Stuart Rennie

Stuart RennieEdinburgh born goalkeeper Stuart Rennie began his football career with Falkirk after going to the Brockville outfit from Royston Boys’ Club, he would win a Second Division Championship medal while starring for the Bairns.

Stuart had an unenviable task of replacing the popular Keith MacRae who had just left to join Manchester City, manager Ian St John negotiated a £100,000 fee with the Maine Road side which simply couldn’t be refused. Rennie arrived as MacRae’s replacement, he had recently lost his first team place to Ally Donaldson at Falkirk, Kirkie Lawson was part of the transfer deal in October 1973 which would see both players switch clubs.

In his early ‘Well games it looked like he might not be up to the task and that he would only be a stop gap as he struggled to gather crosses and a number of fumbles around the box led to the side conceding goals, thankfully however the experience and tutelage from goalkeeping coach Billy Ritchie paid huge dividends as Rennie would develop into a fine shot stopper, who would go onto be one of the best to represent Motherwell in the post war era, as his record proves.

Stuart became renowned for his quick reactions and reflex saves and bravery when it required him to save at forwards feet.

On the 6th November 1976, he played in a match against Kilmarnock where the side found themselves trailing 2-0 in the midsts of a torrential downpour, trying to limit the damage further, Rennie took an oppositions boot to the face which left a gaping wound. Stuart refused to come off the field as it was a time when no substitute goalies were allowed, at half time the keeper got stitched up and carried on with the game making vital saves as the side battled back to win 5-4. Jimmy O’Rourke who amazingly netted a 13 minute hat trick pointed out that Stuart Rennie was the real hero in this fixture.

Rennie was part of the ‘Well side that ensured they won a place in the inaugural Premier League season when reconstruction took place. Furthermore he enjoyed two Scottish Cup runs where the side got to the Semi Finals but both were somewhat controversial in the way they ended for the Lanarkshire side. The first was a replay against Airdrieonians in 1975 when he was penalised for the four step rule, a rule which was rarely utilised by referees. The Diamond’s player John Lapsley made no mistake from the resultant free kick which was enough to secure them the victory. The following season, the Steelmen were cruising against Rangers finding themselves 2-0 to the good, Derek Johnstone went down very easy chasing a long loose ball when Stuart slid out to retrieve it, the referee who was very far away from the incident had no hesitation pointing to the spot, the Govan side would go onto win 3-2.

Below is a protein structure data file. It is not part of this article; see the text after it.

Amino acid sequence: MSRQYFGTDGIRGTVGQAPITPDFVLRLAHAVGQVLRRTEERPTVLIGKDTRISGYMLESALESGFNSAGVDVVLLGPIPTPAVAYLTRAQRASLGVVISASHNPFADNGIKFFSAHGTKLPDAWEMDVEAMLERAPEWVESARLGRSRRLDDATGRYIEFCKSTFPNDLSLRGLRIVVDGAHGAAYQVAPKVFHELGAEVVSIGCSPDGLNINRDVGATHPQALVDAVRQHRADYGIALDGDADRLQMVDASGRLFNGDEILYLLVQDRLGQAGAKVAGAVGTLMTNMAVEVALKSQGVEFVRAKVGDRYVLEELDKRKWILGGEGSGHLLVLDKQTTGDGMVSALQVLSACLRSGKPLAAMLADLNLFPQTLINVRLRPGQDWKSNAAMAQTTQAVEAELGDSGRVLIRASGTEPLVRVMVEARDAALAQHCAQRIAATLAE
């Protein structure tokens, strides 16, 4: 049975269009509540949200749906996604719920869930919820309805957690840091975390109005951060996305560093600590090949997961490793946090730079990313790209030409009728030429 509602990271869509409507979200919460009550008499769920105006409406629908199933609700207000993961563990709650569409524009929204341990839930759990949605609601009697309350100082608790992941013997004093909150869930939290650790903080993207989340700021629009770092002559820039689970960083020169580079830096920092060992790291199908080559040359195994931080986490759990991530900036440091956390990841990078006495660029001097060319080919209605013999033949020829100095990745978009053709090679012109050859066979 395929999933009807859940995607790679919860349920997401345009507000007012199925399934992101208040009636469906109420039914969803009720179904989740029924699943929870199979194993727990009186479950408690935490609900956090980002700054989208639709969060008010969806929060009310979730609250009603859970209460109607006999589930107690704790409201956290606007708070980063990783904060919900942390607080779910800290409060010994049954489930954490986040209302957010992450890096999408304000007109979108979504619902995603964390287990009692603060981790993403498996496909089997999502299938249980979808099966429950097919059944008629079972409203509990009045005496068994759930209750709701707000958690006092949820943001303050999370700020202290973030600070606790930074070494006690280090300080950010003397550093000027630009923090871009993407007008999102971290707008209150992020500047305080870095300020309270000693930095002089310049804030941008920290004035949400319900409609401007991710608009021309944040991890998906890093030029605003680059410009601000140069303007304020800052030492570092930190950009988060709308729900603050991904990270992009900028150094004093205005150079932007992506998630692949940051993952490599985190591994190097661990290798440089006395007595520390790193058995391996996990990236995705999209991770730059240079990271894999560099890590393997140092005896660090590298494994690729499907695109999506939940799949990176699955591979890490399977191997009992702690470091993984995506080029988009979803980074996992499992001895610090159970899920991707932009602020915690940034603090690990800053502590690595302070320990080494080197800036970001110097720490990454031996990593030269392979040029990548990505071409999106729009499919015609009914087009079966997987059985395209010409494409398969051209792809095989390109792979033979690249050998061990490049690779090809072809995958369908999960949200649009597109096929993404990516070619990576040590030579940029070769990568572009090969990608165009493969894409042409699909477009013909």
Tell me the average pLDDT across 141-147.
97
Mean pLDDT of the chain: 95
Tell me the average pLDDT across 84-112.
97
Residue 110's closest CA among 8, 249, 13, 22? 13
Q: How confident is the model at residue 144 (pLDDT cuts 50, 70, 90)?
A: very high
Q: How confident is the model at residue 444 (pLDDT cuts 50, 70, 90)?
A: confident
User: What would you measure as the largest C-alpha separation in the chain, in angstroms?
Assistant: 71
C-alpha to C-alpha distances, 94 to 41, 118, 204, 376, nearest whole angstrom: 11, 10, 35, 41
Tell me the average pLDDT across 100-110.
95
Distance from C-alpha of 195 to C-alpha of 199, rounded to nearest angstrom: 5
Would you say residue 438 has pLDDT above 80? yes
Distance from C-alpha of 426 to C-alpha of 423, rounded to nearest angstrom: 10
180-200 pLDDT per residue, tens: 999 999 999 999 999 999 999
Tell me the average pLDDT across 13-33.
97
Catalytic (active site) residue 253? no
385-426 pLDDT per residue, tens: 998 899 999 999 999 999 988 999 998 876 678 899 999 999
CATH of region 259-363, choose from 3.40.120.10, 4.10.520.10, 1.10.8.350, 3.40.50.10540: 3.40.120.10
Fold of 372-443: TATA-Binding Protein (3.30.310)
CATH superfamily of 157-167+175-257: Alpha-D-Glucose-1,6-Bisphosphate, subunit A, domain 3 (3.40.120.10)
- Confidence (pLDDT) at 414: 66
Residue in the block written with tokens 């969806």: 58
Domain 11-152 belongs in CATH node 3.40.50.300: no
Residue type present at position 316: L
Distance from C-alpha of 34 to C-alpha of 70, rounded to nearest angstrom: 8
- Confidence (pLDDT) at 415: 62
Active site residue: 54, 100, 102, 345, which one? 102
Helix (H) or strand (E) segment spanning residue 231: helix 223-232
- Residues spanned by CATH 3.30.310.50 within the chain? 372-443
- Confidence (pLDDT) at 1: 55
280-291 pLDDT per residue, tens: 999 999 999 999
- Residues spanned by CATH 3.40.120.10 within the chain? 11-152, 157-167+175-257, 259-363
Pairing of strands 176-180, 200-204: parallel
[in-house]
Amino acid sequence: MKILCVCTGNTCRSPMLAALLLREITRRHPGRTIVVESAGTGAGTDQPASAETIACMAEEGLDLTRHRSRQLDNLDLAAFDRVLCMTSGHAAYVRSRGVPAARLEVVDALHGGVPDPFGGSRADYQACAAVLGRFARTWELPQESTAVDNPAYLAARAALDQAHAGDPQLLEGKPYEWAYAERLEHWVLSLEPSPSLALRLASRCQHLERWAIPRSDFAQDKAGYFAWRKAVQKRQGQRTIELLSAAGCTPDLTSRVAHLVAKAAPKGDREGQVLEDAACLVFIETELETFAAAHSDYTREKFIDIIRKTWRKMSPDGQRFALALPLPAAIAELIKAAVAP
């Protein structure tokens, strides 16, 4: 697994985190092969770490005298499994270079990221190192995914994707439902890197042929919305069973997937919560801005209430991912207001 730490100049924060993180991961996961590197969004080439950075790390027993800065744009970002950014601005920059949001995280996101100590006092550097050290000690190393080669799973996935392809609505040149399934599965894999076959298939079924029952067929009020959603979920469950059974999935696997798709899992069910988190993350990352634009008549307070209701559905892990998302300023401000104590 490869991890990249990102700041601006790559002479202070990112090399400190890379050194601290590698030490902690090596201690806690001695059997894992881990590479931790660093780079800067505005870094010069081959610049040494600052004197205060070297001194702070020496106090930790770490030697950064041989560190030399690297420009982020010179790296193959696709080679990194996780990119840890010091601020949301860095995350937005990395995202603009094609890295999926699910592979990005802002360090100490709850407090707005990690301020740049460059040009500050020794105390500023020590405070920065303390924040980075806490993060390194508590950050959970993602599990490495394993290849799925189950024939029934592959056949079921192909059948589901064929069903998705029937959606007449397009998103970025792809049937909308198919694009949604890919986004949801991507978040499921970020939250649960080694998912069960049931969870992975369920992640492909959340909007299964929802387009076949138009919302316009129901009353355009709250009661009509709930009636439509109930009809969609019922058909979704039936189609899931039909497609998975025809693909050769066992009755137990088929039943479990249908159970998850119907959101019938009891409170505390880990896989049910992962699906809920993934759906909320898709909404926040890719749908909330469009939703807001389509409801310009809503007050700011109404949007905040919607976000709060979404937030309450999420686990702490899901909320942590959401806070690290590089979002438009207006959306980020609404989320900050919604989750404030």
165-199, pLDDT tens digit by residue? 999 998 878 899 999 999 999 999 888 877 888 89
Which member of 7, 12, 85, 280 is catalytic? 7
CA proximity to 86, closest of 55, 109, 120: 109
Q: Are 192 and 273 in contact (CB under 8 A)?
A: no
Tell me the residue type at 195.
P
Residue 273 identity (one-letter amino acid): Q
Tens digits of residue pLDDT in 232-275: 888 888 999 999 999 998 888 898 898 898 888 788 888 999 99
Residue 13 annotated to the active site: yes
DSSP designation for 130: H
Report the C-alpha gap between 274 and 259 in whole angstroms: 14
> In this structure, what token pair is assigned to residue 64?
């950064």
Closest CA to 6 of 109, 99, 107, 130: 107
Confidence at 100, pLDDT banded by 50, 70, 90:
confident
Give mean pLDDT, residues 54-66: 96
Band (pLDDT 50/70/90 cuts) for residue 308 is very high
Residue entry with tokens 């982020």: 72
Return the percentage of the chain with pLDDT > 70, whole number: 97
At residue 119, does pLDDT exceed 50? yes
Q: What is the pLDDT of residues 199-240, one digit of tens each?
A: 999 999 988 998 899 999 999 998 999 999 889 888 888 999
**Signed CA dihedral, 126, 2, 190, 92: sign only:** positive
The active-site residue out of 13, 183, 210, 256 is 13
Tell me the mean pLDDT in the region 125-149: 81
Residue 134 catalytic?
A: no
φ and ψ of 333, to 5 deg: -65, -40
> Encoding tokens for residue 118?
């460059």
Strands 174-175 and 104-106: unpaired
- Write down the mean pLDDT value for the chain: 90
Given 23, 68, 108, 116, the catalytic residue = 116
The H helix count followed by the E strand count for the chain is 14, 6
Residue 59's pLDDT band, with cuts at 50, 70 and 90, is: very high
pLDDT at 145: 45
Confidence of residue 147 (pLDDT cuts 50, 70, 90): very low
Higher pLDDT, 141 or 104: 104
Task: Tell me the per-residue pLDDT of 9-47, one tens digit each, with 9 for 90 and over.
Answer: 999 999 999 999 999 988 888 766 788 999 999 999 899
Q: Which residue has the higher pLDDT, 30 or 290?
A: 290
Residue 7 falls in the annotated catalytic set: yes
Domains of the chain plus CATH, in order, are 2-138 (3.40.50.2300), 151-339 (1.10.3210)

The talented keeper managed to see off some stiff competition which included former Celtic keeper Ally Hunter and youngster Jim Muir. It was the fact that he was a part timer that would seal his fate at Fir Park. Ally MacLeod sought a replacement and he came in the shape of the eccentric Hugh Sproat from Ayr United in 1979, striker Jimmy Lindsay alongside Rennie headed to Somerset Park as a makeweight for the deal to be concluded. Rennie made over 200 first team appearances while in Lanarkshire.

Stuart Rennie
5′ 11″
Date of Birth:
24th April 1947
Place of Birth:

Football Career:

Falkirk 1968 1973
Motherwell 1973 1979
Ayr United 1979 1983

Well Career:

Apps Goals
174 0
Scottish Cup:
22 0
League Cup:
14 0
12 0
222 0